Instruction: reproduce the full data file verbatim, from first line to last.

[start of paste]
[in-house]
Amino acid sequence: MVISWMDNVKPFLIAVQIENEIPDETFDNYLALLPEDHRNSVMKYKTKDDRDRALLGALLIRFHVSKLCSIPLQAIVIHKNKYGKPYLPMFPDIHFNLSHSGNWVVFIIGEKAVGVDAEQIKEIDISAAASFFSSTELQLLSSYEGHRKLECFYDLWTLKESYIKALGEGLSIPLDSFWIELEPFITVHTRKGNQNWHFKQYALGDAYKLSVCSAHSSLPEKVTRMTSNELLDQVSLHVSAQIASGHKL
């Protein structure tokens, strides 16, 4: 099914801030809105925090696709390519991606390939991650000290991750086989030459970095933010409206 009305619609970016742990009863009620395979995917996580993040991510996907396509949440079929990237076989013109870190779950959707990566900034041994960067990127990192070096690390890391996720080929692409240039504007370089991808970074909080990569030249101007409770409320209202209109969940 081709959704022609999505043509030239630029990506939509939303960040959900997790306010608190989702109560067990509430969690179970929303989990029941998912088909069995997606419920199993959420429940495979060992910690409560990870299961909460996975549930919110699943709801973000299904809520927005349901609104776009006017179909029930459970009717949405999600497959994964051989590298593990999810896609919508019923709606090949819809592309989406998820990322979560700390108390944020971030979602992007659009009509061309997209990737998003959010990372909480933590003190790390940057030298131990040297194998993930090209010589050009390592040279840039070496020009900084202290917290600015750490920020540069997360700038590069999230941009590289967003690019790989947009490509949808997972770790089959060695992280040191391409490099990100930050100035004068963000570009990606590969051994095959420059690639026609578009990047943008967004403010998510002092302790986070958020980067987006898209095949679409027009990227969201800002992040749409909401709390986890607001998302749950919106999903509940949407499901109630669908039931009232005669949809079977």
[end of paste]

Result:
[in-house]
Amino acid sequence: MVISWMDNVKPFLIAVQIENEIPDETFDNYLALLPEDHRNSVMKYKTKDDRDRALLGALLIRFHVSKLCSIPLQAIVIHKNKYGKPYLPMFPDIHFNLSHSGNWVVFIIGEKAVGVDAEQIKEIDISAAASFFSSTELQLLSSYEGHRKLECFYDLWTLKESYIKALGEGLSIPLDSFWIELEPFITVHTRKGNQNWHFKQYALGDAYKLSVCSAHSSLPEKVTRMTSNELLDQVSLHVSAQIASGHKL
């Protein structure tokens, strides 16, 4: 099914801030809105925090696709390519991606390939991650000290991750086989030459970095933010409206 009305619609970016742990009863009620395979995917996580993040991510996907396509949440079929990237076989013109870190779950959707990566900034041994960067990127990192070096690390890391996720080929692409240039504007370089991808970074909080990569030249101007409770409320209202209109969940 081709959704022609999505043509030239630029990506939509939303960040959900997790306010608190989702109560067990509430969690179970929303989990029941998912088909069995997606419920199993959420429940495979060992910690409560990870299961909460996975549930919110699943709801973000299904809520927005349901609104776009006017179909029930459970009717949405999600497959994964051989590298593990999810896609919508019923709606090949819809592309989406998820990322979560700390108390944020971030979602992007659009009509061309997209990737998003959010990372909480933590003190790390940057030298131990040297194998993930090209010589050009390592040279840039070496020009900084202290917290600015750490920020540069997360700038590069999230941009590289967003690019790989947009490509949808997972770790089959060695992280040191391409490099990100930050100035004068963000570009990606590969051994095959420059690639026609578009990047943008967004403010998510002092302790986070958020980067987006898209095949679409027009990227969201800002992040749409909401709390986890607001998302749950919106999903509940949407499901109630669908039931009232005669949809079977």